public debt to GDP ratio has risen from 24% in 2008 to 60% in 2020 and is set to rise further. The
fiscal deficit at 6.5% of GDP is way beyond an acceptable level. Debt servicing costs are growing
at more than double any other area of government expenditure, crowding out funds that should be
invested in education and growth. South Africa is perilously close to falling into a debt trap, one of
the reasons that the country is also in imminent danger of losing its last remaining investment
grade from a ratings agency. This threatens to exacerbate the rate of the fall in per capita GDP
which has been continuing already for some years and will further undermine business confidence,
investment, growth and employment.

The Minerals Council is calling for a more aggressive approach to fiscal consolidation and the
presentation of a budget that forces government to live within its means. There is no scope for
addressing the budget deficit through higher taxes. Personal and corporate taxes, and VAT, are
all already high and are uncompetitive by international standards. While higher taxes on companies
and wealthier taxpayers may win some populist political kudos for government, they would further
damage confidence and growth potential. And, in any event, because of the narrow tax base, they
would not generate more than a tiny fraction of what would be needed.

Solutions lie only in addressing government spending, broadening the tax base (through higher
growth and job creation), stopping the continued waste of resources going into bailing out several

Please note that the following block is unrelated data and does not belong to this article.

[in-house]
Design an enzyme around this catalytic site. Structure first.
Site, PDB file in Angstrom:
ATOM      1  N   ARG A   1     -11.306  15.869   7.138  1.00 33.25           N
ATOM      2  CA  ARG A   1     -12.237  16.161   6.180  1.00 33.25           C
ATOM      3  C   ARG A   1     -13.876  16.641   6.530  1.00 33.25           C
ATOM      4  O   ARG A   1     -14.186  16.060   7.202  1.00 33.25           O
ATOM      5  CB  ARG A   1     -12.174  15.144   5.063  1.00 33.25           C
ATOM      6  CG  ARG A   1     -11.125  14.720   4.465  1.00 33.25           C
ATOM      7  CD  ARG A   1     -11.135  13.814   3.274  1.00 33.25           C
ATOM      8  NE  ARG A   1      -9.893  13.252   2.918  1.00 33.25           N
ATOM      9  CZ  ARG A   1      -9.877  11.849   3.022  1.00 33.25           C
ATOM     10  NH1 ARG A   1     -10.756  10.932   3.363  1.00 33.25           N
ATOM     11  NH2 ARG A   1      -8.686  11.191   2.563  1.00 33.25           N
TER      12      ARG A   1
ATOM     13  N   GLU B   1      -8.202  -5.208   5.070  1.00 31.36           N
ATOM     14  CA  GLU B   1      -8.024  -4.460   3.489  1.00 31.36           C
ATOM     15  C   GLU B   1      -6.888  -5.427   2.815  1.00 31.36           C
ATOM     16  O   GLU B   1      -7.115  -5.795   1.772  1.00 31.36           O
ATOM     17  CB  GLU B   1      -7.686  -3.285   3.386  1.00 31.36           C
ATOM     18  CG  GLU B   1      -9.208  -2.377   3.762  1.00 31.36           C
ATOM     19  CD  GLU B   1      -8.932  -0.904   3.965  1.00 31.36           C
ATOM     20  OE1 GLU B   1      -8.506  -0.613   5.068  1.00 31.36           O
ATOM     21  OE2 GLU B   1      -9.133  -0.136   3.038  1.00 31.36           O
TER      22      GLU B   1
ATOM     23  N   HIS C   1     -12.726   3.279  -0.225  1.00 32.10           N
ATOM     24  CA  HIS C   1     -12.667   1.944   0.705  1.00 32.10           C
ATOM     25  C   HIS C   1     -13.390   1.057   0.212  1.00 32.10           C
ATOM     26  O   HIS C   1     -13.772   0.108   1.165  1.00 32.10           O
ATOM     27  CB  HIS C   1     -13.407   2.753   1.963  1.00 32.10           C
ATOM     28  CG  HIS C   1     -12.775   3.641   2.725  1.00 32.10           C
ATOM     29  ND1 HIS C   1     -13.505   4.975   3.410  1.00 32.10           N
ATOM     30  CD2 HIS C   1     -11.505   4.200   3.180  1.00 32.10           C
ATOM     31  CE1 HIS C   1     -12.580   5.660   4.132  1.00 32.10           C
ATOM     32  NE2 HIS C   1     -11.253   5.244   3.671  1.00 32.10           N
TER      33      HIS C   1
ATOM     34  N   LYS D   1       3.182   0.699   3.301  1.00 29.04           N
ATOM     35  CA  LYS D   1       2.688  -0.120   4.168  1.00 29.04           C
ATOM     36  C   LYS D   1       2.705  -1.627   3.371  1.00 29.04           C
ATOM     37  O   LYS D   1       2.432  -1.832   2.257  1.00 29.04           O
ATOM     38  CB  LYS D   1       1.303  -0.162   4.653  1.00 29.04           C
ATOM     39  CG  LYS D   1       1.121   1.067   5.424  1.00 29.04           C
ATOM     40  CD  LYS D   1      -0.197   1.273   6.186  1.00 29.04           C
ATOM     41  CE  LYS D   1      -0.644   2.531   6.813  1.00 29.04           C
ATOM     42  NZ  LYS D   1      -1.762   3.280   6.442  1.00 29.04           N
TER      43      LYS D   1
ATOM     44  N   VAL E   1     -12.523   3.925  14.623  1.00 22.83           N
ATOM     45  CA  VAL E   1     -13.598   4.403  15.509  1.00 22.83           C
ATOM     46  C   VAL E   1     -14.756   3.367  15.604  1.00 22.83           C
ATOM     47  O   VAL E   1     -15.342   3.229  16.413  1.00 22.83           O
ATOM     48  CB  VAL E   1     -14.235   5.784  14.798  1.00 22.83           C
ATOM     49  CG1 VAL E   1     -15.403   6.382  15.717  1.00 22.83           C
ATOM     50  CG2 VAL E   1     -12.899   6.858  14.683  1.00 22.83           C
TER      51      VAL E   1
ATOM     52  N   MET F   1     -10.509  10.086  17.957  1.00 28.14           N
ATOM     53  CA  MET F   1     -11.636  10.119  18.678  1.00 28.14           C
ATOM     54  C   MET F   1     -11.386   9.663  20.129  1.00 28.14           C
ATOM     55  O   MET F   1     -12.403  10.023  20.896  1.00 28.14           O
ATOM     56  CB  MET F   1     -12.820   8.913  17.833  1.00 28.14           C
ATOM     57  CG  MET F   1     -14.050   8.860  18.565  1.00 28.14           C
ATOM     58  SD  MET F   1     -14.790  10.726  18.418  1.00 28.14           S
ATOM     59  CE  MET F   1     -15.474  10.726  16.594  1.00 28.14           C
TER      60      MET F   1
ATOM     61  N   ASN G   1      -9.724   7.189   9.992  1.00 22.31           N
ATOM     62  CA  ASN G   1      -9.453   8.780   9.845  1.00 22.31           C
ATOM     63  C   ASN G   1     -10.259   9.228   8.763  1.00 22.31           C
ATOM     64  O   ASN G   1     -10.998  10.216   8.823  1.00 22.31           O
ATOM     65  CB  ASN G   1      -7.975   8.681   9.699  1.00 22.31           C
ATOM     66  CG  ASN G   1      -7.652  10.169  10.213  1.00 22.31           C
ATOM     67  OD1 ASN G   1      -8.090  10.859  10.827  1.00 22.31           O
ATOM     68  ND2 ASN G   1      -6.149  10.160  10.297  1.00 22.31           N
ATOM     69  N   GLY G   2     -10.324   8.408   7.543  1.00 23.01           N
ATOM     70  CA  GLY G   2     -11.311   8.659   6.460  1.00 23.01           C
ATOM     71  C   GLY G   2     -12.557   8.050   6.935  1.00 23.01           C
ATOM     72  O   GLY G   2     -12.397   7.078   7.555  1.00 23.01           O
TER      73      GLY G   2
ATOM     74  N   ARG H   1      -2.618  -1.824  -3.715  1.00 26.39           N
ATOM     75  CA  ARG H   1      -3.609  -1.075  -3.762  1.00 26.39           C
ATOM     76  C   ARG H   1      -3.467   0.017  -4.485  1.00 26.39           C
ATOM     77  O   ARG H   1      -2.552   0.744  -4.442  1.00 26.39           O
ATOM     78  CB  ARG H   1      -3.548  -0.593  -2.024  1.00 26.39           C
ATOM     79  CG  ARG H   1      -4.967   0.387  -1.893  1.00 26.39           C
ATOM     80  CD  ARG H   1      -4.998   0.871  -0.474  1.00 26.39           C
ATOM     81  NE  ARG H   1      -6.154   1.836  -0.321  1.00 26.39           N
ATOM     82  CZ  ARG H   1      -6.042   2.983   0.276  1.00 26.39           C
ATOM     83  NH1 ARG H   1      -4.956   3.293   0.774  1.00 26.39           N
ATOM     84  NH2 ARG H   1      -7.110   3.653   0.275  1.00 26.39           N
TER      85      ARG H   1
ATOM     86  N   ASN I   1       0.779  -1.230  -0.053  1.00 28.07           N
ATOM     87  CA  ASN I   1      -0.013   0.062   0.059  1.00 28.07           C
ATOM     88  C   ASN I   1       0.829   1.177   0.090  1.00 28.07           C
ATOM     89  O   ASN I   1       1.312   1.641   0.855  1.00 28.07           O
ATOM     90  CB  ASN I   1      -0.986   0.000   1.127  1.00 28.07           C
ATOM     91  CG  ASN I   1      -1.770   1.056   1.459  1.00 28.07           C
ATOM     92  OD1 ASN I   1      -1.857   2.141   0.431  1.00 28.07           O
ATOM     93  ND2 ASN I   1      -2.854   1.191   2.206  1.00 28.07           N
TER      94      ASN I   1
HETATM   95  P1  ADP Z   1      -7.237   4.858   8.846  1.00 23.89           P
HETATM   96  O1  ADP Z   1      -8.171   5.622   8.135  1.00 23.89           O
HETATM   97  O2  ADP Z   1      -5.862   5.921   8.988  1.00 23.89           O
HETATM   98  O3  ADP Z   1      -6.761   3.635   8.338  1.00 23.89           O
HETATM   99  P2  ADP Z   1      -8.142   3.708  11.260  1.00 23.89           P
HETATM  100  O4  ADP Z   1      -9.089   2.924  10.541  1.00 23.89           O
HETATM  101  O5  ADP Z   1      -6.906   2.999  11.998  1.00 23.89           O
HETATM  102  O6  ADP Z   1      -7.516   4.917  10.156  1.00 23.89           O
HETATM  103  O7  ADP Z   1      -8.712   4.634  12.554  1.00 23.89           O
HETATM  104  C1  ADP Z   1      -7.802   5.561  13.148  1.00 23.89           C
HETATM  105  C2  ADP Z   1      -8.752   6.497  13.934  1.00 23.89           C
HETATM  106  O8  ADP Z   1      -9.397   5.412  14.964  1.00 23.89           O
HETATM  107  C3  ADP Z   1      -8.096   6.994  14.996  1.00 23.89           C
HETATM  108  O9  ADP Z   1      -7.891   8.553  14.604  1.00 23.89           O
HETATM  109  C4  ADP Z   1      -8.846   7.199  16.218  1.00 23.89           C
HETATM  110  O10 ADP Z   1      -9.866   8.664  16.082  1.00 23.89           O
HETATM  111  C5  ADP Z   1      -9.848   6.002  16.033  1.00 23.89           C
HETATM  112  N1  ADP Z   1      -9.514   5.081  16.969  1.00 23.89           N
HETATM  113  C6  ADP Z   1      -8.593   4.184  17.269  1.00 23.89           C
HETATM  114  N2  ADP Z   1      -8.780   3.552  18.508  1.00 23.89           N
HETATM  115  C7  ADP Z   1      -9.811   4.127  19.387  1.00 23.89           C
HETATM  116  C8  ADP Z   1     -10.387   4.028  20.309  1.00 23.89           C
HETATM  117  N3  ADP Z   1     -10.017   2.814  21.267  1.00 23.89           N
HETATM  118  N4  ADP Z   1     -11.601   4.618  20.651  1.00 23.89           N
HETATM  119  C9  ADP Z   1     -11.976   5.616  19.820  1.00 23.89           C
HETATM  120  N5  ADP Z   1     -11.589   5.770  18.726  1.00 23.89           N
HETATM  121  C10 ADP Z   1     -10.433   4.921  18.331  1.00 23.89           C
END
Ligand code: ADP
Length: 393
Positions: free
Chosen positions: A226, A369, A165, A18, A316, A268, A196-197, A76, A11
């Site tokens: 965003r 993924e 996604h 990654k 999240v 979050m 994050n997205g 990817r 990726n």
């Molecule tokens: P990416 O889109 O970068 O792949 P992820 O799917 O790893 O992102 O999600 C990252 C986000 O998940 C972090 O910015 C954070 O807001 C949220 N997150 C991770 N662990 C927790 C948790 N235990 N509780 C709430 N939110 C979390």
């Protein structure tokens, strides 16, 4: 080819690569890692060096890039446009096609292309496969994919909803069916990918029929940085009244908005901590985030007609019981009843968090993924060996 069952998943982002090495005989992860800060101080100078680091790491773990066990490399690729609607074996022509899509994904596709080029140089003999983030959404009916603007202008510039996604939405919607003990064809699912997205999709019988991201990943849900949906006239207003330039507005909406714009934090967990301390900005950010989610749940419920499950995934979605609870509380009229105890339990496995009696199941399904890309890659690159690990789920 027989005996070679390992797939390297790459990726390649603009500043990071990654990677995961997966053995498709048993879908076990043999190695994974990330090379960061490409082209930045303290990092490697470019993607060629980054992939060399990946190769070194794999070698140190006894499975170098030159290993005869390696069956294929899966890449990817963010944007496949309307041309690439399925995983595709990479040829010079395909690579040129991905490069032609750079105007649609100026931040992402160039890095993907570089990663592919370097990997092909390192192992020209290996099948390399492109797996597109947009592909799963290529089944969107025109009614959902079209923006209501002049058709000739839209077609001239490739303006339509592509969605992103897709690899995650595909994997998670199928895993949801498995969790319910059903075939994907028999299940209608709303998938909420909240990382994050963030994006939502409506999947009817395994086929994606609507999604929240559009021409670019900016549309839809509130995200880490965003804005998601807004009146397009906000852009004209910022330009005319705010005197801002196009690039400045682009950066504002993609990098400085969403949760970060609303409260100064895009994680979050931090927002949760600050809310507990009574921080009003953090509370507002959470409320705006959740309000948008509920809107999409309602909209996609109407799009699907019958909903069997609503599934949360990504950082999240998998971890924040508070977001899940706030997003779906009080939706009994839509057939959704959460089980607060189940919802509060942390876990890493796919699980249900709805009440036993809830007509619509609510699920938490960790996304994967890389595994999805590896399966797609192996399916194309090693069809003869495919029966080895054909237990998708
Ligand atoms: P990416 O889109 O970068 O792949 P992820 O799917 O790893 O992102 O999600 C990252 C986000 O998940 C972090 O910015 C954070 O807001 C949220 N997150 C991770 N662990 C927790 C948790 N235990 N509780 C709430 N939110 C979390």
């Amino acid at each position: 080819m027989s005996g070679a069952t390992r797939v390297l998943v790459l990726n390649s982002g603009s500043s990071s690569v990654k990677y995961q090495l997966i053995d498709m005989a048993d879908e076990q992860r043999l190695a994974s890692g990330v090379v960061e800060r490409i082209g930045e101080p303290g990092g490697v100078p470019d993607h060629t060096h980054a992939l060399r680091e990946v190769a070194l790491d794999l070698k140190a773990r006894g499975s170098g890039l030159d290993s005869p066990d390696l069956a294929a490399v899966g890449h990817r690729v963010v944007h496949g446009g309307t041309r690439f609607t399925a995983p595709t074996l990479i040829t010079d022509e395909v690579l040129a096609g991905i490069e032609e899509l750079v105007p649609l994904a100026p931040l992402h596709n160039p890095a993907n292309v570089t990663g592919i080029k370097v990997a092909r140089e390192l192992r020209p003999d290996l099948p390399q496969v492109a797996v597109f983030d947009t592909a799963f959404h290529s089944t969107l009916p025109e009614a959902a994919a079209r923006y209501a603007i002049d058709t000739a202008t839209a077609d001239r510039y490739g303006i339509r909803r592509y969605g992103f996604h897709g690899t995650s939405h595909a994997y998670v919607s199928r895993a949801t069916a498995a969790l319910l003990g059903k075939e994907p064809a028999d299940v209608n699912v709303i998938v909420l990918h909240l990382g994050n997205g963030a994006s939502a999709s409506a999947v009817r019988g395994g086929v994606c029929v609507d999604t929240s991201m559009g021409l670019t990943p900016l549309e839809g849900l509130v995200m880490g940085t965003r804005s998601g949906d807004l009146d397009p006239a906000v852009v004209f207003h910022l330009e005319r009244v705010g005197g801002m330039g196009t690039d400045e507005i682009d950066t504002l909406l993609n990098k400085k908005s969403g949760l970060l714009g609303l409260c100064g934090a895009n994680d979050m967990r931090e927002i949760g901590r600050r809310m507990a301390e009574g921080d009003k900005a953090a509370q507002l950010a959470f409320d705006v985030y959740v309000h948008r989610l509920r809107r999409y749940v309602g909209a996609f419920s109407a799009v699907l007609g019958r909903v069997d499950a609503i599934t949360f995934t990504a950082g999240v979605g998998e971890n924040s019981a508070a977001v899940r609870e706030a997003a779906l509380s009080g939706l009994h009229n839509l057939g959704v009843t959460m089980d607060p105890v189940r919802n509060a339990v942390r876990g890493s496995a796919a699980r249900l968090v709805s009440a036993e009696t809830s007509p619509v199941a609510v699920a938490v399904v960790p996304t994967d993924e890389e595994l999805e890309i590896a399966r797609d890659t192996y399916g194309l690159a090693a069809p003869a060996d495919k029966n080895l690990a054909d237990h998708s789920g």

state-owned enterprises and restoring the credibility of SARS. One of the challenges lies in
government persuading its public sector union allies of the need for moderation in the public sector
earnings and jobs numbers sphere. Given that the public sector wage bill accounts for over half of
the national budget, crucial steps to moderate wage driven fiscal pressures need consideration by
all participants. Government needs to also crack the whip on unauthorised expenditure and to
ensure that corruption and malfeasance in procurement and contracting in government and SOEs
is dealt with through proper prosecutions in 2020.

It is to be hoped that the rescue and rehabilitation of SARS will soon begin to mitigate the impact
of the deficit caused by the revenue service’s near implosion in the years till 2018.
Microeconomic and related policy initiatives

The Minerals Council also calls for the urgent implementation of a range of policies and
interventions that would encourage investment and growth. The National Treasury’s economic
strategy paper published in August 2019 is also important initiative whose implementation would